2 August 2018

Ghana: Bongo District Gets 4 Climate Change Adaptation Projects for Food Security


Four Adaptation Climate Fund Sub-Projects have been launched at the Aliba Community in the Bongo District of the Upper East Region to increase incomes and guarantee food sufficiency.

They are dry season gardening, Integrated Beekeeping and Environmental Protection (IBEP), fishing and tree growing.

The one year sub-projects being implemented in Yidongo, Gorigo, Adaboya, Vea, Amanga, Kukua and Aliba communities are climate change adaptation focused and aimed at increasing household's incomes and reducing food insecurity especially among women.

The projects are being implemented by META Foundation, LINK Ghana, Rural Education and Agriculture Development International (READI) and the Community Self Reliance Centre (COSREC), all Non-Governmental Organisations (NGOs) with funding from the Adaptation Fund Project (AFP) of the United Nations Development Programme ( UNDP).

The Ministry of Environment Science, Technology and Innovation (MESTI) through the Upper East Regional Directorate of the Environmental Protection Agency (EPA) is providing monitoring and supervisory services.

Launching the projects on last Friday at the Aliba Community, the District Chief Executive for Bongo, Mr Peter Ayamga Ayinbisa, lauded the projects and stated that the district was one of the hardest hit when it comes to climate change.

He expressed the optimism that not only would the interventions help empower the communities to adopt to climate change, but would also help contribute to the attainment of the Sustainable Development Goals of ending hunger, poverty and climate change.

The paramount chief of the Bongo Traditional area who is also the vice president of the Regional House of Chiefs, Naba Baba Salifu Alemyarum, impressed upon the beneficiary communities to embrace the project and stressed that the selected projects for the district had the greatest potentials of wealth creation.

The Programme Manager of META Foundation, Mr David Amozebega, said his outfit which was in charge of the dry season gardening project would build the capacity of the communities to establish tomato, pepper and onion seedlings and support them with modernise agricultural practices to conduct farming activities during the dry season.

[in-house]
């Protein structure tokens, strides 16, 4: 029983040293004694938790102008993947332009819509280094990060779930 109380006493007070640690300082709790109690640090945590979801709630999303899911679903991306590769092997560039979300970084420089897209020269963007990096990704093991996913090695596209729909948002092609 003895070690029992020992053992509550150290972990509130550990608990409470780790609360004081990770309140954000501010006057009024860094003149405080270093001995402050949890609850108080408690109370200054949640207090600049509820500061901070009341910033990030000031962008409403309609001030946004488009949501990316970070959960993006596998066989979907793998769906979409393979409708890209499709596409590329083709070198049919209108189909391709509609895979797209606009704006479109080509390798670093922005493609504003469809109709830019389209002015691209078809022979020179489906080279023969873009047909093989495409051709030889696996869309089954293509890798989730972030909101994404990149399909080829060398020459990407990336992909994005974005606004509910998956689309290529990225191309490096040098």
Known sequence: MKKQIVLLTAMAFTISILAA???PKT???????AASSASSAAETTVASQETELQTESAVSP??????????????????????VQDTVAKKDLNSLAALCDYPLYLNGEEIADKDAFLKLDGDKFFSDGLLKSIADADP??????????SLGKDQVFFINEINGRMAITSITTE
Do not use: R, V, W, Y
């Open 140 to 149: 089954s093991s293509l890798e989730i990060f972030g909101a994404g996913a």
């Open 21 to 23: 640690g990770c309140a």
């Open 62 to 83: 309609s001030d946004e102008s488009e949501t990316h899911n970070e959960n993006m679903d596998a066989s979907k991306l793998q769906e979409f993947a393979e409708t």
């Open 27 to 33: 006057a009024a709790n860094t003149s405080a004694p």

He indicated that considering the role of women in food security and household livelihoods interventions, the project has targeted at least 60 per cent of the beneficiaries to be women, adding that the project would also consciously work to ensure that the youth and vulnerable groups, such as the physically challenged persons become an integral part of the project.

The Northern Regional Manager of LINK Ghana, Mr Daniel A. Kansake, stated that LINK Ghana with its Bee Project, would implement some key activities including the procurement of beehives and accessories for the beneficiary communities, conduct beekeeping training, site, clear and install hives, building the capacity of the communities in trapping of bees, management of hives, harvesting and marketing and conduct Gender Baseline Analysis.

He said the project which would target 150 farmers made up of 100 female and 50 men, had the overall objective to improve environmental sustainability and household income of more than 150 farmers through bee keeping.

The regional manager expressed worry about the situation where many farmers set fire on grass in an attempt to trap bees for honey and indicated that the practice often led to the contamination of the honey and bush burning beyond control.

He said the project would promote environmentally-friendly methods of honey production and apiculture, as well as increase the production of high quality honey for both the local and international markets.


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